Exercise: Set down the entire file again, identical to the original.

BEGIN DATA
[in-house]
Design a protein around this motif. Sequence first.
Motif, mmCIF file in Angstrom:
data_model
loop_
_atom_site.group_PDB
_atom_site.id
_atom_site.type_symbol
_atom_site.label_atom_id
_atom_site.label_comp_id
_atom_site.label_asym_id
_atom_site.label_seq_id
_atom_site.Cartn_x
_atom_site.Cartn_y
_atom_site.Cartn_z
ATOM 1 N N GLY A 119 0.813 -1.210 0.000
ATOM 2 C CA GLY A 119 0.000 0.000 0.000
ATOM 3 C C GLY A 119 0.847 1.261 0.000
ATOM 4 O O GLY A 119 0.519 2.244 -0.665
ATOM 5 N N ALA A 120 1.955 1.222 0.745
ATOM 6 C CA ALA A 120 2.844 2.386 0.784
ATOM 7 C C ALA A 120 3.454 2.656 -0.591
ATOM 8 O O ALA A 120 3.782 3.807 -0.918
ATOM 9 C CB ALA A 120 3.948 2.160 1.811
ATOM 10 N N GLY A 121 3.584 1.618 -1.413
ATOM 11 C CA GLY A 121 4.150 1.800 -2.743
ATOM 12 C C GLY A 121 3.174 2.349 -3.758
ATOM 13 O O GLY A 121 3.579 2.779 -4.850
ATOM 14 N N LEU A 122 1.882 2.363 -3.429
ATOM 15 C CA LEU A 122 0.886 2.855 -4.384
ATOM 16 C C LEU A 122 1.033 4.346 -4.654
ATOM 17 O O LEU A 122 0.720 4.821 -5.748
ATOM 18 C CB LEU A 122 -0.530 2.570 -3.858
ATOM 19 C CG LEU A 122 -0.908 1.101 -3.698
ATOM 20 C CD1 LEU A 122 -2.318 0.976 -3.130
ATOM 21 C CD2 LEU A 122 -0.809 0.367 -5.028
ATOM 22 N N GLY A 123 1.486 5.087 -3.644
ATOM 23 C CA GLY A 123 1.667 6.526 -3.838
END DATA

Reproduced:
[in-house]
Design a protein around this motif. Sequence first.
Motif, mmCIF file in Angstrom:
data_model
loop_
_atom_site.group_PDB
_atom_site.id
_atom_site.type_symbol
_atom_site.label_atom_id
_atom_site.label_comp_id
_atom_site.label_asym_id
_atom_site.label_seq_id
_atom_site.Cartn_x
_atom_site.Cartn_y
_atom_site.Cartn_z
ATOM 1 N N GLY A 119 0.813 -1.210 0.000
ATOM 2 C CA GLY A 119 0.000 0.000 0.000
ATOM 3 C C GLY A 119 0.847 1.261 0.000
ATOM 4 O O GLY A 119 0.519 2.244 -0.665
ATOM 5 N N ALA A 120 1.955 1.222 0.745
ATOM 6 C CA ALA A 120 2.844 2.386 0.784
ATOM 7 C C ALA A 120 3.454 2.656 -0.591
ATOM 8 O O ALA A 120 3.782 3.807 -0.918
ATOM 9 C CB ALA A 120 3.948 2.160 1.811
ATOM 10 N N GLY A 121 3.584 1.618 -1.413
ATOM 11 C CA GLY A 121 4.150 1.800 -2.743
ATOM 12 C C GLY A 121 3.174 2.349 -3.758
ATOM 13 O O GLY A 121 3.579 2.779 -4.850
ATOM 14 N N LEU A 122 1.882 2.363 -3.429
ATOM 15 C CA LEU A 122 0.886 2.855 -4.384
ATOM 16 C C LEU A 122 1.033 4.346 -4.654
ATOM 17 O O LEU A 122 0.720 4.821 -5.748
ATOM 18 C CB LEU A 122 -0.530 2.570 -3.858
ATOM 19 C CG LEU A 122 -0.908 1.101 -3.698
ATOM 20 C CD1 LEU A 122 -2.318 0.976 -3.130
ATOM 21 C CD2 LEU A 122 -0.809 0.367 -5.028
ATOM 22 N N GLY A 123 1.486 5.087 -3.644
ATOM 23 C CA GLY A 123 1.667 6.526 -3.838